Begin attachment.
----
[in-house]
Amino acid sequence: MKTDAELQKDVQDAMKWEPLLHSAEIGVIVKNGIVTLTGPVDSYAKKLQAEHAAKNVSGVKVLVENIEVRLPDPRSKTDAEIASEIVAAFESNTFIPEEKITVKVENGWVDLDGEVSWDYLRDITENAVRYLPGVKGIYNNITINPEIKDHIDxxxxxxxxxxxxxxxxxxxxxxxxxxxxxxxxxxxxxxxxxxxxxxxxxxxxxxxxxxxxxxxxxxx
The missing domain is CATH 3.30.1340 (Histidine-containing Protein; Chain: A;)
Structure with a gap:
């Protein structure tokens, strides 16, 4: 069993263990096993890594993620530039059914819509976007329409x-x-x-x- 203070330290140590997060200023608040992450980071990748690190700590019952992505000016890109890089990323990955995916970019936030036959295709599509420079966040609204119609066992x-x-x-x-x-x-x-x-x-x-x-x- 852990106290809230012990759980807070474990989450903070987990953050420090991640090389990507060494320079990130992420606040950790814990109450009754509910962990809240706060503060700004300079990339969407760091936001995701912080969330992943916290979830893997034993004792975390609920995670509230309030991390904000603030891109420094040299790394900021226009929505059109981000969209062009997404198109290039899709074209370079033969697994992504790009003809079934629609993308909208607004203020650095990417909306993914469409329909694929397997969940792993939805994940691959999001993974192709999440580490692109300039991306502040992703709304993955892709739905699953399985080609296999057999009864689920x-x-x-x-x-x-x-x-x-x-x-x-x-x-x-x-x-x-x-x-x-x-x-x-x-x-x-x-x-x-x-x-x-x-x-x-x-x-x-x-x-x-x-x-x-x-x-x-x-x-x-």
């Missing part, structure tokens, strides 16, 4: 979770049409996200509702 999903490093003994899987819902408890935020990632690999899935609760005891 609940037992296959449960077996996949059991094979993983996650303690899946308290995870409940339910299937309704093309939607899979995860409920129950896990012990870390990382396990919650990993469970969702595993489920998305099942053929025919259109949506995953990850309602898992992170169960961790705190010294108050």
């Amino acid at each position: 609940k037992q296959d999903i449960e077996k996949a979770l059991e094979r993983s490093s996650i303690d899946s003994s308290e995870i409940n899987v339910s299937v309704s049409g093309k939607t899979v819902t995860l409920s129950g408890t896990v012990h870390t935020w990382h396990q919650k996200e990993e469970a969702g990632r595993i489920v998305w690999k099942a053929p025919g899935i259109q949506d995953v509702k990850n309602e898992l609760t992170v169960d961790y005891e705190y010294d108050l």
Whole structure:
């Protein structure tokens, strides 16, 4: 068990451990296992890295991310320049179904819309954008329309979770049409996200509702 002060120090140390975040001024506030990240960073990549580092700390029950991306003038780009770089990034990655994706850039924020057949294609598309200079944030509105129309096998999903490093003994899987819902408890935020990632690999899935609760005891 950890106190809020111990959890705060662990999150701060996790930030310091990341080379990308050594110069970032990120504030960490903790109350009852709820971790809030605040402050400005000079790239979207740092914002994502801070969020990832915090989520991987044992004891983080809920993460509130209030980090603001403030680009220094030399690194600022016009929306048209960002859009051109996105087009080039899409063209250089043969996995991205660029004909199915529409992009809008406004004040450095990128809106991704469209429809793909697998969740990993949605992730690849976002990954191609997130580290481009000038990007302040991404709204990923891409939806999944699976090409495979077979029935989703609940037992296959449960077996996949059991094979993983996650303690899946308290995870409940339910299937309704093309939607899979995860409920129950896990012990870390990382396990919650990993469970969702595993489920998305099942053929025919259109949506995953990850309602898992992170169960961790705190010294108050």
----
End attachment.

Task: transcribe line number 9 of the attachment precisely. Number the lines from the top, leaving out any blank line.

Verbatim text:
């Protein structure tokens, strides 16, 4: 068990451990296992890295991310320049179904819309954008329309979770049409996200509702 002060120090140390975040001024506030990240960073990549580092700390029950991306003038780009770089990034990655994706850039924020057949294609598309200079944030509105129309096998999903490093003994899987819902408890935020990632690999899935609760005891 950890106190809020111990959890705060662990999150701060996790930030310091990341080379990308050594110069970032990120504030960490903790109350009852709820971790809030605040402050400005000079790239979207740092914002994502801070969020990832915090989520991987044992004891983080809920993460509130209030980090603001403030680009220094030399690194600022016009929306048209960002859009051109996105087009080039899409063209250089043969996995991205660029004909199915529409992009809008406004004040450095990128809106991704469209429809793909697998969740990993949605992730690849976002990954191609997130580290481009000038990007302040991404709204990923891409939806999944699976090409495979077979029935989703609940037992296959449960077996996949059991094979993983996650303690899946308290995870409940339910299937309704093309939607899979995860409920129950896990012990870390990382396990919650990993469970969702595993489920998305099942053929025919259109949506995953990850309602898992992170169960961790705190010294108050």